Unfortunately, my account has less than half that amount right now.  You probably are wondering what happened, but you will have to wait for my next update.  It will be adequately titled something along the lines of...  Friends Don't Let Friends Trade Drunk.  Maybe I'll be a bit more accurate and will switch the Friend for Cousin.

Sunday, August 29, 2010

New Chart Settings

The Performance Chart has been modified to make it easier to know at a glance whether we are meeting our 4% - 6% profits per week target.  You will now see two red lines moving away from each other.  The bottom red line tracks where we should be if we were making 4% profits per week.  The upper red line tracks where we should be if we were making 6% profits per week.  We want to be above the lower red line always.  Right now we are between the two lines so we are exceeding our 4% profits per week target but not yet reaching 6% profits per week.

August 2010: Failed to Meet Target

We started the month with $1,914.08.  At 4% per week, we expected to end this period with a balance of $2,275.03.  However, three margin calls later... maybe four...  its a blurry hazy recollection right now...  anyway, the end balance was $1,774.64.  Our account is still up 47.87% from inception July 2010 while the DJIA is up 4.30%.  More important, however, is what lessons were learned this month.  I don't mind losing some money as long as I don't lose the lesson.

One of the first things learned is to try and not leave trades open over the weekend.  You never know what newsworthy event will occur between Friday afternoon and Sunday afternoon that will cause your open trade to shift drastically for the worse.  This ties with the second thing learned: don't trade Sundays.  All this makes perfect sense now.  All my margin calls came either Monday or Tuesday and were caused by trades left open over the weekend that shifted on me after weekend events.  One or two of those calls also had to do with trades opened on Sunday before a reliable trend was established.  So, for the next trading period: (i) try to close all trades by Friday, and (ii) don't trade Sundays.

Unfortunately, I could not close my EurUsd trade Friday so it carried over the weekend.  Fortunately, no major news means no erratic movements to push the trade against me.  The same cannot be said for a UsdChf short trade also left open during the weekend.  It has gone from a 90 pip profit to a 35 pip profit as I write this.  Hopefully, they'll close profitably before Friday.

Another planned change is to further tailor down my use of margin.  I will go pretty close to baby steps and then try to build on that.  This means I may not achieve my 4% profit per week target for now but hopefully we'll come up with a way to consistently make those profits.

So, as far as targets for September is concerned, we want to finish the month with $2,158.43.  This would be five straight weeks of 4% profits per week.

Wednesday, August 18, 2010

Noet Z'Hin Lil'Avinsin

"Boldly stride the doomed."  -  Drizzt Do'Urden

Ok, time to confess to some hypocrisy.  I know I am shooting for 4% to 6% weekly, but I got so excited with last month's 58% performance that I really wanted to do it again.  However, increased volatility and two margin calls in two weeks are making it real easy for me to come back to my senses and to the realm of reasonable expectations.  Is striding boldly, instead of cautiously, into August dooming my account?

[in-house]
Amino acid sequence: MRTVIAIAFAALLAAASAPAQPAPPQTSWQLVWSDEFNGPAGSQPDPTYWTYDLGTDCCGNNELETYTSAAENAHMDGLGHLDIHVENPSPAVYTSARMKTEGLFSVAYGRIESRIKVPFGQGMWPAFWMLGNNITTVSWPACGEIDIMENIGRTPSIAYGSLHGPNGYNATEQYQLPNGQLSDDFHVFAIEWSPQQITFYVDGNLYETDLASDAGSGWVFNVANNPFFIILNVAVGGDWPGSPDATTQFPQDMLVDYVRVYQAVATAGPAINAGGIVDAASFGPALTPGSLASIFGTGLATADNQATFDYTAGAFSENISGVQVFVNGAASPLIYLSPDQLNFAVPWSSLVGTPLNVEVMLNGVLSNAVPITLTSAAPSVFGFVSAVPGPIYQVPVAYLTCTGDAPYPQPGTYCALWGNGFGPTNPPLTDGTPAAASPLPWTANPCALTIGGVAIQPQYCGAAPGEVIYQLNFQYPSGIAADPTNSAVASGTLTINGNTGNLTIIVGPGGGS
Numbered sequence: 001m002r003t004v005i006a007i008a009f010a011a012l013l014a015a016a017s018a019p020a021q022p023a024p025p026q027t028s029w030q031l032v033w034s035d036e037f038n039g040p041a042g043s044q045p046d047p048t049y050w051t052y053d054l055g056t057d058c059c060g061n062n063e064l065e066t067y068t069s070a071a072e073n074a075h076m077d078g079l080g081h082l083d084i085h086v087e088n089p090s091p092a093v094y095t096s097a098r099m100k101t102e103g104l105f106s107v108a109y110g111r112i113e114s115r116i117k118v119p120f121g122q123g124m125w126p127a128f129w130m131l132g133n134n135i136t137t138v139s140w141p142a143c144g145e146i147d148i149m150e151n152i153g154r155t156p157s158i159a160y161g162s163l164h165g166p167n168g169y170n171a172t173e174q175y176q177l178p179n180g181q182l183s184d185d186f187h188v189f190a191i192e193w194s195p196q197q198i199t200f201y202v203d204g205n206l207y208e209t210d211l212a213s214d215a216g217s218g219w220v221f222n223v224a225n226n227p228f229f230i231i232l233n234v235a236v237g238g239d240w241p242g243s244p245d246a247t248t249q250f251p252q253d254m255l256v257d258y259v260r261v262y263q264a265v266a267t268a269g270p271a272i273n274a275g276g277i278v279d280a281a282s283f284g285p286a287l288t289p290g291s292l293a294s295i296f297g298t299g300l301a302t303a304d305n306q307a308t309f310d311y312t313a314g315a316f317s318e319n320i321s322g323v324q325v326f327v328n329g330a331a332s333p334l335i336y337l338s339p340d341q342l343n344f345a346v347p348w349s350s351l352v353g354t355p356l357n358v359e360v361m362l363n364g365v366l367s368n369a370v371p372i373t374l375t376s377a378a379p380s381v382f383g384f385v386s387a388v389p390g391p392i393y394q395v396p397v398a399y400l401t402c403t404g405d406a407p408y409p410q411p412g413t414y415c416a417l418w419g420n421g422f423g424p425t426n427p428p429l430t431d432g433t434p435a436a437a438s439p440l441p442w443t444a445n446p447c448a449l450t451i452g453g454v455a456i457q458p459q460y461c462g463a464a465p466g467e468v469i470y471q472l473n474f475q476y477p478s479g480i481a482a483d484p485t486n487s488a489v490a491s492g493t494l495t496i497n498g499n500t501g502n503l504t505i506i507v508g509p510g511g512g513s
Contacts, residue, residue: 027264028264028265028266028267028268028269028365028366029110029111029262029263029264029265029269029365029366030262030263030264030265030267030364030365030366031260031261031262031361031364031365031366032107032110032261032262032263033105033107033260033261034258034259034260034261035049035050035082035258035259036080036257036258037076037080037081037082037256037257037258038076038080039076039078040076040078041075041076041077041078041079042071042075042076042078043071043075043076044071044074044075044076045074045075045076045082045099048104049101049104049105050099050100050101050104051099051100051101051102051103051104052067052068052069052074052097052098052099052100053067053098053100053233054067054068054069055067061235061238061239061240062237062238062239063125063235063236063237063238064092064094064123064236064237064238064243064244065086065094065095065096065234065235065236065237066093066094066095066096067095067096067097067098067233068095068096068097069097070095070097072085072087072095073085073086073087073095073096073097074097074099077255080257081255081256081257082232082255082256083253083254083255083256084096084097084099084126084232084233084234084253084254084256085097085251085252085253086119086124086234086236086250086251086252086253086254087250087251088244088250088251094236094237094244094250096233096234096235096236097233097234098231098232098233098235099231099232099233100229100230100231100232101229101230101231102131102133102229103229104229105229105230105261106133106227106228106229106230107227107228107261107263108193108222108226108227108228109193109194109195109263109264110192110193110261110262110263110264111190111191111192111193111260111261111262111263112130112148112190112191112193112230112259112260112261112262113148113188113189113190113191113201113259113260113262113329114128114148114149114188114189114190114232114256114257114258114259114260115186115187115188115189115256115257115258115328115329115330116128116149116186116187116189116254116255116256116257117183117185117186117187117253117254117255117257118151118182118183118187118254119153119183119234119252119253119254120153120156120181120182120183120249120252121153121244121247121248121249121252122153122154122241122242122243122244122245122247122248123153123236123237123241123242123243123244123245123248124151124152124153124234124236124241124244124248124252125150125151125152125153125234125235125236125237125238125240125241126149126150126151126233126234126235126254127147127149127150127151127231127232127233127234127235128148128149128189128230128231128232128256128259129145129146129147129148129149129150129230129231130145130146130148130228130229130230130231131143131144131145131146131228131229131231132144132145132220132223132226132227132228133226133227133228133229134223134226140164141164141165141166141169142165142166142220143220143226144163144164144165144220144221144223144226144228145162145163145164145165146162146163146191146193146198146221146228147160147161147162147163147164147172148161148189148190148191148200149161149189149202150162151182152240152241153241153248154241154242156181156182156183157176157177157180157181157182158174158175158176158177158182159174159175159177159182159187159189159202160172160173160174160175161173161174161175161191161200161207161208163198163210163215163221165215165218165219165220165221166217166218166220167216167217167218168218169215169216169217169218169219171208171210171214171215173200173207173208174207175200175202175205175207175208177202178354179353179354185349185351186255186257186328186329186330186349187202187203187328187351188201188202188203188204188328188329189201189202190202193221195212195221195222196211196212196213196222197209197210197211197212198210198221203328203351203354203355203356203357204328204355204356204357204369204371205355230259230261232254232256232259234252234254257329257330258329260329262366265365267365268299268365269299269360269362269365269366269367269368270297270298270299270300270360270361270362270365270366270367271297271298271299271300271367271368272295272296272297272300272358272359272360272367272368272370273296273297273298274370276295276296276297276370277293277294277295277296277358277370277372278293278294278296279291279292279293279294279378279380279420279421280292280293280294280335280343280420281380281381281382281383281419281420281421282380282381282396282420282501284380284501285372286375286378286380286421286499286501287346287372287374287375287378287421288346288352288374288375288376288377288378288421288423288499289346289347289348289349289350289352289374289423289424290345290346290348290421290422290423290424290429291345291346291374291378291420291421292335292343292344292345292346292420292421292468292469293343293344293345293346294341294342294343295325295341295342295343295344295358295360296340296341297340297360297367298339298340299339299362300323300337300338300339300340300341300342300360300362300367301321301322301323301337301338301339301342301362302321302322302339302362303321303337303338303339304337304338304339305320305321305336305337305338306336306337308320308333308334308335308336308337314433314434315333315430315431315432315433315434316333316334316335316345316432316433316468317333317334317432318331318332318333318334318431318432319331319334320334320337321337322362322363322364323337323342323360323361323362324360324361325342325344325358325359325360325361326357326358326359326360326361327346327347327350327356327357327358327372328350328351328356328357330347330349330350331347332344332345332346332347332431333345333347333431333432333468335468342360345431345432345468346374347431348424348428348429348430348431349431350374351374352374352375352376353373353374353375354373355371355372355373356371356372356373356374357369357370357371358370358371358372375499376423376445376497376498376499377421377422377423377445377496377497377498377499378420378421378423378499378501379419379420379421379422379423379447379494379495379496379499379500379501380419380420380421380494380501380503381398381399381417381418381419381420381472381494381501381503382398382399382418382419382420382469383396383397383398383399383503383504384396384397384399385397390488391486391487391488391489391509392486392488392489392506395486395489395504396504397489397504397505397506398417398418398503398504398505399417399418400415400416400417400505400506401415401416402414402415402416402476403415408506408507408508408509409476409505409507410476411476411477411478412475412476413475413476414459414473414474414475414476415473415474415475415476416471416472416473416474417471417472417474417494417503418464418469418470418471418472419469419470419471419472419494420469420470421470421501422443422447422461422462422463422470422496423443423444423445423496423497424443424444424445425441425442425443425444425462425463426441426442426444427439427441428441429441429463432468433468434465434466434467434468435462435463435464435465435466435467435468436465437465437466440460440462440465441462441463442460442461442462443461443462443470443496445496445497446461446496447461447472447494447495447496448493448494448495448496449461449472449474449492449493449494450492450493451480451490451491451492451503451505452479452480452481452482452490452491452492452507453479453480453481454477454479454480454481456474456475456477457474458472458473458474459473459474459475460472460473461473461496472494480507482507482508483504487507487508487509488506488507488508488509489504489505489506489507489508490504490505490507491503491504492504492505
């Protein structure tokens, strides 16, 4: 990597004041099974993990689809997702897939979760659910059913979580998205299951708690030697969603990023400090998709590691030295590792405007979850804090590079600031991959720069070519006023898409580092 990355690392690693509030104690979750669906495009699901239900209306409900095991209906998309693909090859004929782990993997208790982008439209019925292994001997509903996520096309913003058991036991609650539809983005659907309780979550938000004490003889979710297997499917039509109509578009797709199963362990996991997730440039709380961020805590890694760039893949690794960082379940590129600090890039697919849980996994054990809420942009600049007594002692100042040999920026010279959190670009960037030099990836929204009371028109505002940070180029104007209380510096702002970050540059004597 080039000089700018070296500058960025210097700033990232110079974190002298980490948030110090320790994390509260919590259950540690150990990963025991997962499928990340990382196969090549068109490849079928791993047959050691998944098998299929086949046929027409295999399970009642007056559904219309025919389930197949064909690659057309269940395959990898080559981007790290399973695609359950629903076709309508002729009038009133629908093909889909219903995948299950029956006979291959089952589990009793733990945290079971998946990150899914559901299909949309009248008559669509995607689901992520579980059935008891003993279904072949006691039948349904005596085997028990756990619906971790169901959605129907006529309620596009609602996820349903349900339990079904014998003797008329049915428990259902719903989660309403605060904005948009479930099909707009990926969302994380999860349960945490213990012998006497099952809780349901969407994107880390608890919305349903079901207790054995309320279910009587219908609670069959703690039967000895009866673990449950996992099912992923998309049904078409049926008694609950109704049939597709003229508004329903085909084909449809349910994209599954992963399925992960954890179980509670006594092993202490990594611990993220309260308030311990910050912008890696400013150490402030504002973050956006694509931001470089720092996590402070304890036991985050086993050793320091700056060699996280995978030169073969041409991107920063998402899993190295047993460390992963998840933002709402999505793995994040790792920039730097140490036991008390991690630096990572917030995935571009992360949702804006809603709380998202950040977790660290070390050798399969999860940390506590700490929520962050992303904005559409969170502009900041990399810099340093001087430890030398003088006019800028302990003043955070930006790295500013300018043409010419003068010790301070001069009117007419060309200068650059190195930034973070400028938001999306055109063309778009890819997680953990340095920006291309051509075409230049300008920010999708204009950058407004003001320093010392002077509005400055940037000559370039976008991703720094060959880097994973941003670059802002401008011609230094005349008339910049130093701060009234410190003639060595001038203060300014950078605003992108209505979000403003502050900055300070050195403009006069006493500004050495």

Early in this month's first week, a margin call put me down 15%.  By the end of the second week, I had recovered the 15% loss and was actually up another 14%.  I figured if I could repeat this in the upcoming and last two weeks of August, I would post another incredible 50%+ performance in one month.  However, this past Tuesday I got a second margin call that erased last week's profits and put me up just a mere 0.28% for the month of August.

I modified my strategy.  Up until last Tuesday I was dipping into probably four times the margin I should be using for the size of my account.  Also, I think I may have failed to properly calculate the trading range of the EurUsd for this week.  Hence, ran out of margin before turning a profit.  As of Tuesday, I am only dipping into three times the amount of margin I should be using.  Are these bold or foolish strides?  Is there a difference when they both lead to the same destination?

Guess we'll find out Friday at 4:00 p.m.

Friday, August 6, 2010

On Greed: Part I

"...  greed, for lack of a better word, is good."
  -  Gordon Gekko

I decided to learn about investing when I was in my second year of law school.  I read everything I could get my hands on that could teach me anything about market fundamentals, company evaluation, etc.  As of today I've been trading stocks for about eighteen years, options on equities for about thirteen and currencies for roughly two.  My brief experience has taught me that greed can be very good, but it can also break you in half, make you despondent and even make you doubt whether you have what it takes to be a successful investor.  Greed by itself, for lack of a better qualifier, is not good.  Managed or rational greed, however, is good.  I'll try to explain myself.

This true story dates back the to the year when the tech bubble finally burst.  I was a novice investor - still am - filled with awe and jealousy of Warren Buffet's 22% average profit per year.  Imagine my surprise when I started making an average of 16% profit per month trading option spreads on tech stocks.  Greed drove me onwards and I started buying calls on everyone's favorite stock at the time: Yahoo.  Calls were tripling almost monthly and before long I had turned $5,000 into a little bit over $300,000 thanks to the magic of margin and compounding.